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Commons flooding Credit: Justin Cohen , Justin Cohen

On Sunday afternoon, the lower level of 1920 Commons flooded due to a water main break on 38th and Locust streets. The flooding resulted in the dining hall being closed for a day and a half.

Students and Commons staff members were forced to evacuate the building around 1:30 p.m. at the sound of a fire alarm. Facilities and Real Estate Services and the Philadelphia Water Department arrived on scene and temporarily shut down all water lines in the building to repair the area.

The dining hall, retail stores and the Late Night study area will reopen Tuesday morning in time for breakfast.

These types of water main breaks are “typical under cold weather conditions,” Ken Ogawa, executive director of Operations and Maintenance in FRES, wrote in an email.

The leak occurred on the fire main line feeding Commons, according to Ogawa. As of Monday night, they have fully restored the water lines, and a fire watch will remain in place until the fire main is completely repaired, he wrote.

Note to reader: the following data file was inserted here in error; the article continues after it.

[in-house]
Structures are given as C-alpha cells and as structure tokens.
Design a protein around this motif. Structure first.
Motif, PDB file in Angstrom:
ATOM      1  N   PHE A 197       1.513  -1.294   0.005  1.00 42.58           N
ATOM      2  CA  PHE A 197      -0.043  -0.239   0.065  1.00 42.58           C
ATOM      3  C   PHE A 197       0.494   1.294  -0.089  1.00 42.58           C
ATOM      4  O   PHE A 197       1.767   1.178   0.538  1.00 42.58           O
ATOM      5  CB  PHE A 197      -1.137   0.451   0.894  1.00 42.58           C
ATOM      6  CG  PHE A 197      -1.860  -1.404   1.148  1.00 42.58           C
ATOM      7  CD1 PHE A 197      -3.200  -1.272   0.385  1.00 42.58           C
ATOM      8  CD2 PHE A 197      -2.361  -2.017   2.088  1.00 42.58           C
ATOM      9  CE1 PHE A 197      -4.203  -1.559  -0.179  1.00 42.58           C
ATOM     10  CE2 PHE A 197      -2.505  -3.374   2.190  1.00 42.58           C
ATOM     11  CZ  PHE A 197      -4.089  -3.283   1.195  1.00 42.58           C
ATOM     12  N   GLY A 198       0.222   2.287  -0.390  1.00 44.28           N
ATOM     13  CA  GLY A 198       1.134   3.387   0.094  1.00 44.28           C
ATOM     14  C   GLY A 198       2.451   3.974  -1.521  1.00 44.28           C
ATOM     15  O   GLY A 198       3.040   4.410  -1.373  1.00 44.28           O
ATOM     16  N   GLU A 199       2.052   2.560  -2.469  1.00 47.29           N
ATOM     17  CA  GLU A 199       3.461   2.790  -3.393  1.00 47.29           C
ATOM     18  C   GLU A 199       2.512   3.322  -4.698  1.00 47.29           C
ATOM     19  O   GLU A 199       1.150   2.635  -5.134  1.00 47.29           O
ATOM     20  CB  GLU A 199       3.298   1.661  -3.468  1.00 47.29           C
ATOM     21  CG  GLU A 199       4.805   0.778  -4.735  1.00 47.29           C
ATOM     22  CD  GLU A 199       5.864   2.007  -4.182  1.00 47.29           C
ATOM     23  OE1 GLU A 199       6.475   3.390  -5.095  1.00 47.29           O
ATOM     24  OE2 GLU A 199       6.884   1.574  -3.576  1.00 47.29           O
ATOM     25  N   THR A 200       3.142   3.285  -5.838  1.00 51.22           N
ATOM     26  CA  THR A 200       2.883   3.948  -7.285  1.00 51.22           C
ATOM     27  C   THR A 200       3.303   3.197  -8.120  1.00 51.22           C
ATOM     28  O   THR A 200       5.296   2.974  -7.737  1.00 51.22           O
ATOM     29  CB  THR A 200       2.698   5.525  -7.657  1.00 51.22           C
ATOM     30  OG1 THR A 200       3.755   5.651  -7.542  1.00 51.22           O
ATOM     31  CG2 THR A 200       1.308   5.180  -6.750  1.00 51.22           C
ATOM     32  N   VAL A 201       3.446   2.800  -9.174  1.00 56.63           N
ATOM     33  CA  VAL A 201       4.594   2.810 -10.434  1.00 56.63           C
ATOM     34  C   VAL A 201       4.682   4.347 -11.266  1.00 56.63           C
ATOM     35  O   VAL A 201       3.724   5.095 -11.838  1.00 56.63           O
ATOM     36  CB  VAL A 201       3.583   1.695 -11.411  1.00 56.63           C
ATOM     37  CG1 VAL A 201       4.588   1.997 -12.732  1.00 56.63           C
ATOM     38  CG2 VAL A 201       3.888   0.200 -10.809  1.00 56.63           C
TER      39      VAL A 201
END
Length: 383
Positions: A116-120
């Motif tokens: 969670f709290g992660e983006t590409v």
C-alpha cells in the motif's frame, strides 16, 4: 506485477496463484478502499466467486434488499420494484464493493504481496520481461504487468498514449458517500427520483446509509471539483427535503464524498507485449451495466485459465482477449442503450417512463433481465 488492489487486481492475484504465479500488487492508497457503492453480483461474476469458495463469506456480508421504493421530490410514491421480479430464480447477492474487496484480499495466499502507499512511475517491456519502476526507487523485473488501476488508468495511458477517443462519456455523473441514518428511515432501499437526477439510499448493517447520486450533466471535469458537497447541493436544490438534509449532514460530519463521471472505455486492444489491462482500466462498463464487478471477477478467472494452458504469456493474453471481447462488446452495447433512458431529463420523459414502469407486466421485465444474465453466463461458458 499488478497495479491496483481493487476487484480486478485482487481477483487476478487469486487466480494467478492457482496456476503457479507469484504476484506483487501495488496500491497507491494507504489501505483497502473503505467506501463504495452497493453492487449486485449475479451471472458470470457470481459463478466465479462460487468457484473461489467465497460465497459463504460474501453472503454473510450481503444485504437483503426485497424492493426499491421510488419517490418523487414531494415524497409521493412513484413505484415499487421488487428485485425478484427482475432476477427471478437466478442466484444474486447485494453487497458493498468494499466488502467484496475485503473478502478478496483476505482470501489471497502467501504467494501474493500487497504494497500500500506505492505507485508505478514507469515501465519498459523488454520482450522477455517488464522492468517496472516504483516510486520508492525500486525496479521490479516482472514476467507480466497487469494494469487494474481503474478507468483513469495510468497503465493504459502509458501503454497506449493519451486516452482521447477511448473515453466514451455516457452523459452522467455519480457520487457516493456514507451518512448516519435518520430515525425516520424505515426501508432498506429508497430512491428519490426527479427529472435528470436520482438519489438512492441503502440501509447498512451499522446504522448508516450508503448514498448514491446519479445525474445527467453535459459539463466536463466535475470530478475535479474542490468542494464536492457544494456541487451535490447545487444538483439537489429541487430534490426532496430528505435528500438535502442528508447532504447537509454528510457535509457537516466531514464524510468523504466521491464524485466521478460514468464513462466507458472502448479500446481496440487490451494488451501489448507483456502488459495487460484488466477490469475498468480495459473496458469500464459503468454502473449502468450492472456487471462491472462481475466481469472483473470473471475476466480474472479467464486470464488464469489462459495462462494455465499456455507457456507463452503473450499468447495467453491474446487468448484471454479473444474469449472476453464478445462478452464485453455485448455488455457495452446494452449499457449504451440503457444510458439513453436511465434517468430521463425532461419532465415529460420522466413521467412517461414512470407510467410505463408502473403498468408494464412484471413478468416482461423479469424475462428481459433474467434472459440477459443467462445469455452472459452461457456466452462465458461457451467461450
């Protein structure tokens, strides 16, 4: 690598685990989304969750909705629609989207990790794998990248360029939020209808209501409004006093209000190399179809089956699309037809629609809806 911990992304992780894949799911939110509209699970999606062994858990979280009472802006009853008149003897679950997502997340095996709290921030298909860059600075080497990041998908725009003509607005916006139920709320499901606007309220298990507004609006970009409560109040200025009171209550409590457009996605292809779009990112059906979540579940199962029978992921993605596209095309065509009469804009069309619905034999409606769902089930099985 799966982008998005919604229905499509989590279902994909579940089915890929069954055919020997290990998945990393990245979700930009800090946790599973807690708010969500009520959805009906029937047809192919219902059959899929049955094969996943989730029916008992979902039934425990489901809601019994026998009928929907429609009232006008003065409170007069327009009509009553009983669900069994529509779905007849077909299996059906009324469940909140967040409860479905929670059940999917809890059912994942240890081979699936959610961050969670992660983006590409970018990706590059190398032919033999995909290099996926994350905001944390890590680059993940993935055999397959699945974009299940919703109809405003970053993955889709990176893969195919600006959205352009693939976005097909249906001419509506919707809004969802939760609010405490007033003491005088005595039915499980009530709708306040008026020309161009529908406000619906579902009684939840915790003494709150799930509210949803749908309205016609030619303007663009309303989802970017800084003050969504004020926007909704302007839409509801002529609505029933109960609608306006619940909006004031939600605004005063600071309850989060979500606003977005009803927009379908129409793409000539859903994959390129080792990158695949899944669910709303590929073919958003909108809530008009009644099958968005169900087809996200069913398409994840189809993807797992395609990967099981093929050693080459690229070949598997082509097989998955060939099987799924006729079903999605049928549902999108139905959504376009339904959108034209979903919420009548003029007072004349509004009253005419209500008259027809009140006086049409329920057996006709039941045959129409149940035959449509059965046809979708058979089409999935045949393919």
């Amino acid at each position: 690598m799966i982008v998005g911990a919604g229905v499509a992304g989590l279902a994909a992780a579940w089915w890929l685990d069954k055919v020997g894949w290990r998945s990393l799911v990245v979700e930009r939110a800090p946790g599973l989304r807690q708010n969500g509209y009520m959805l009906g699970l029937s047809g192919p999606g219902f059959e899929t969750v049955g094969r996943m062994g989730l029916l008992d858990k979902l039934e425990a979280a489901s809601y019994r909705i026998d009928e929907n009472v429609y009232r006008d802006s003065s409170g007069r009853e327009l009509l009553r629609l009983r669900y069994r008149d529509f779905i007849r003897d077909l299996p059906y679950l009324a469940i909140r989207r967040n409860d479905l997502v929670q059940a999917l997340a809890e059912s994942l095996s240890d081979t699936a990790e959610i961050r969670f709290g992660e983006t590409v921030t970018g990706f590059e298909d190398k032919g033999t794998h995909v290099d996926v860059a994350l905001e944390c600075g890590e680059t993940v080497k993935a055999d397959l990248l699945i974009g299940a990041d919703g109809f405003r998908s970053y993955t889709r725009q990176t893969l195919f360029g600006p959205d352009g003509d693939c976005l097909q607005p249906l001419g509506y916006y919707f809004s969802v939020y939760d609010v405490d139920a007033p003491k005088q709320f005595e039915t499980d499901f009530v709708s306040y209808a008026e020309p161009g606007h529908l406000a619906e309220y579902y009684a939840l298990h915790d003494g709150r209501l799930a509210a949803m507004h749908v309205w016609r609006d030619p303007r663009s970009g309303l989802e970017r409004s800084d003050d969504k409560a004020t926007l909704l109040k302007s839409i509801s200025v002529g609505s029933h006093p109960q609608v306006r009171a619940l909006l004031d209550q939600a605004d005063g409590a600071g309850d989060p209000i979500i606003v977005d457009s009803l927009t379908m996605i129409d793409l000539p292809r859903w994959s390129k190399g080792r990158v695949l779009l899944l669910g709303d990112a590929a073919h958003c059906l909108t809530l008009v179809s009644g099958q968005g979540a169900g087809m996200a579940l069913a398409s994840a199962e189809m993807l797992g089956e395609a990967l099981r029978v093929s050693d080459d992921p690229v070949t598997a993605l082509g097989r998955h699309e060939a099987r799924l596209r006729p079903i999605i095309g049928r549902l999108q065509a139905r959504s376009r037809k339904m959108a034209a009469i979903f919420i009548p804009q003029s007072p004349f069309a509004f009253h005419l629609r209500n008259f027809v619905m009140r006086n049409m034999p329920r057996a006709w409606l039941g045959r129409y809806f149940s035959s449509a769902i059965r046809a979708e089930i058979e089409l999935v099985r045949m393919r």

At 6:15 p.m. on Sunday, Hospitality and Residential Services emailed students that Commons would not be serving dinner due to the water main break.

“We’re trying to keep everyone safe. That’s the goal,” said a FRES staff member, who wished to remain anonymous due to job security.

“Everything’s fine now, the water’s running. Now we’re just trying to prep for tomorrow,” said a female dining hall worker who also withheld her name for job security. She added that when the water pipe burst, the water had flooded through the Starbucks on the lower level.

On Jan. 4 and 5, cold weather and windows left open caused several water pipes to crack and leak in Harrison College House. The college house’s lobby, mezzanine, computer lab, first-floor conference room, the house office and several rooms below the 11th floor suffered water damage.

Several pipes also burst in Leidy Laboratories of Biology due to cold weather at the beginning of January. The building’s elevators experienced the most damage and will require two to three weeks to be fully repaired, according to FRES spokesperson Jennifer Rizzi.

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